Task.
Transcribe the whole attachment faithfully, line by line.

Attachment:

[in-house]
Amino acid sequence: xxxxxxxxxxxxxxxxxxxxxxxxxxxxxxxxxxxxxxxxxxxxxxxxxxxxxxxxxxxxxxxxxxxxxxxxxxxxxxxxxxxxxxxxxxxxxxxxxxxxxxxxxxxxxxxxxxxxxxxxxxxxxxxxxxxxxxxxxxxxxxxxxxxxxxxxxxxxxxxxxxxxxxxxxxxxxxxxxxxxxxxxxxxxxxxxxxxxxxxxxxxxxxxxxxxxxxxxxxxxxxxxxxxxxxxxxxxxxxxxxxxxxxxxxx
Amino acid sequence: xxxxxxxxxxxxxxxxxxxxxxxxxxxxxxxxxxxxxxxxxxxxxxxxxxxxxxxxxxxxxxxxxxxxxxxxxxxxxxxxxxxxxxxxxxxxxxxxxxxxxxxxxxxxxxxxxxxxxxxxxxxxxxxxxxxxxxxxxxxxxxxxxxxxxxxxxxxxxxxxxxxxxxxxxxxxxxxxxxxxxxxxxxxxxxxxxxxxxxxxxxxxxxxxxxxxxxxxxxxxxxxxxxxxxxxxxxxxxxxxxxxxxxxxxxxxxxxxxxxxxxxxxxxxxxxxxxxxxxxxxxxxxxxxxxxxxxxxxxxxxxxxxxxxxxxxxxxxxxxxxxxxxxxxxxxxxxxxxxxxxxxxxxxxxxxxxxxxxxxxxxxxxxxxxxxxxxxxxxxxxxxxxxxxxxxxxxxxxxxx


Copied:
[in-house]
Amino acid sequence: xxxxxxxxxxxxxxxxxxxxxxxxxxxxxxxxxxxxxxxxxxxxxxxxxxxxxxxxxxxxxxxxxxxxxxxxxxxxxxxxxxxxxxxxxxxxxxxxxxxxxxxxxxxxxxxxxxxxxxxxxxxxxxxxxxxxxxxxxxxxxxxxxxxxxxxxxxxxxxxxxxxxxxxxxxxxxxxxxxxxxxxxxxxxxxxxxxxxxxxxxxxxxxxxxxxxxxxxxxxxxxxxxxxxxxxxxxxxxxxxxxxxxxxxxx
Amino acid sequence: xxxxxxxxxxxxxxxxxxxxxxxxxxxxxxxxxxxxxxxxxxxxxxxxxxxxxxxxxxxxxxxxxxxxxxxxxxxxxxxxxxxxxxxxxxxxxxxxxxxxxxxxxxxxxxxxxxxxxxxxxxxxxxxxxxxxxxxxxxxxxxxxxxxxxxxxxxxxxxxxxxxxxxxxxxxxxxxxxxxxxxxxxxxxxxxxxxxxxxxxxxxxxxxxxxxxxxxxxxxxxxxxxxxxxxxxxxxxxxxxxxxxxxxxxxxxxxxxxxxxxxxxxxxxxxxxxxxxxxxxxxxxxxxxxxxxxxxxxxxxxxxxxxxxxxxxxxxxxxxxxxxxxxxxxxxxxxxxxxxxxxxxxxxxxxxxxxxxxxxxxxxxxxxxxxxxxxxxxxxxxxxxxxxxxxxxxxxxxxxx